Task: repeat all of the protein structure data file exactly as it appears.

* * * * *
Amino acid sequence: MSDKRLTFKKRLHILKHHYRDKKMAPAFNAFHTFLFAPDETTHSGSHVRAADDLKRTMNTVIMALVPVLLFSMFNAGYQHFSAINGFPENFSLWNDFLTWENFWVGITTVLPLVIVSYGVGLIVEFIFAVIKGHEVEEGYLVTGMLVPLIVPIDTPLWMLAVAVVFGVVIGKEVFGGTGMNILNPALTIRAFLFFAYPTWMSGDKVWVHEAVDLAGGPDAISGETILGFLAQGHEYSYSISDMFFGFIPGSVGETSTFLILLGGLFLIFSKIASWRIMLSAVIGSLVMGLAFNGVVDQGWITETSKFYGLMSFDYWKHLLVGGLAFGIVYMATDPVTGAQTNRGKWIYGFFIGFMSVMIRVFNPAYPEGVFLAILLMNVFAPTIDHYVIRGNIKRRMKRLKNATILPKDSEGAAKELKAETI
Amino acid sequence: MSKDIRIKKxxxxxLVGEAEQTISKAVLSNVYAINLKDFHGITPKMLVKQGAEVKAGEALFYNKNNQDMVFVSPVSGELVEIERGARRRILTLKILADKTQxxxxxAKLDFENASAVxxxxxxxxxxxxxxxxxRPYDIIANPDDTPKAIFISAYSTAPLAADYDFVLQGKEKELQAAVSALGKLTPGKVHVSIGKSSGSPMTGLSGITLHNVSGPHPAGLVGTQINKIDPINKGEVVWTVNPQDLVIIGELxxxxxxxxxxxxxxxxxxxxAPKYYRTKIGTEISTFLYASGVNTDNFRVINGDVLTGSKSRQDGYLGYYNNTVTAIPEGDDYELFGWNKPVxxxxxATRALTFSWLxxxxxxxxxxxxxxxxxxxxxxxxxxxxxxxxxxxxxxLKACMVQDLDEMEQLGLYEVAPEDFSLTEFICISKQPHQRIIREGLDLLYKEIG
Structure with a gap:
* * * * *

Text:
Amino acid sequence: MSDKRLTFKKRLHILKHHYRDKKMAPAFNAFHTFLFAPDETTHSGSHVRAADDLKRTMNTVIMALVPVLLFSMFNAGYQHFSAINGFPENFSLWNDFLTWENFWVGITTVLPLVIVSYGVGLIVEFIFAVIKGHEVEEGYLVTGMLVPLIVPIDTPLWMLAVAVVFGVVIGKEVFGGTGMNILNPALTIRAFLFFAYPTWMSGDKVWVHEAVDLAGGPDAISGETILGFLAQGHEYSYSISDMFFGFIPGSVGETSTFLILLGGLFLIFSKIASWRIMLSAVIGSLVMGLAFNGVVDQGWITETSKFYGLMSFDYWKHLLVGGLAFGIVYMATDPVTGAQTNRGKWIYGFFIGFMSVMIRVFNPAYPEGVFLAILLMNVFAPTIDHYVIRGNIKRRMKRLKNATILPKDSEGAAKELKAETI
Amino acid sequence: MSKDIRIKKxxxxxLVGEAEQTISKAVLSNVYAINLKDFHGITPKMLVKQGAEVKAGEALFYNKNNQDMVFVSPVSGELVEIERGARRRILTLKILADKTQxxxxxAKLDFENASAVxxxxxxxxxxxxxxxxxRPYDIIANPDDTPKAIFISAYSTAPLAADYDFVLQGKEKELQAAVSALGKLTPGKVHVSIGKSSGSPMTGLSGITLHNVSGPHPAGLVGTQINKIDPINKGEVVWTVNPQDLVIIGELxxxxxxxxxxxxxxxxxxxxAPKYYRTKIGTEISTFLYASGVNTDNFRVINGDVLTGSKSRQDGYLGYYNNTVTAIPEGDDYELFGWNKPVxxxxxATRALTFSWLxxxxxxxxxxxxxxxxxxxxxxxxxxxxxxxxxxxxxxLKACMVQDLDEMEQLGLYEVAPEDFSLTEFICISKQPHQRIIREGLDLLYKEIG
Structure with a gap: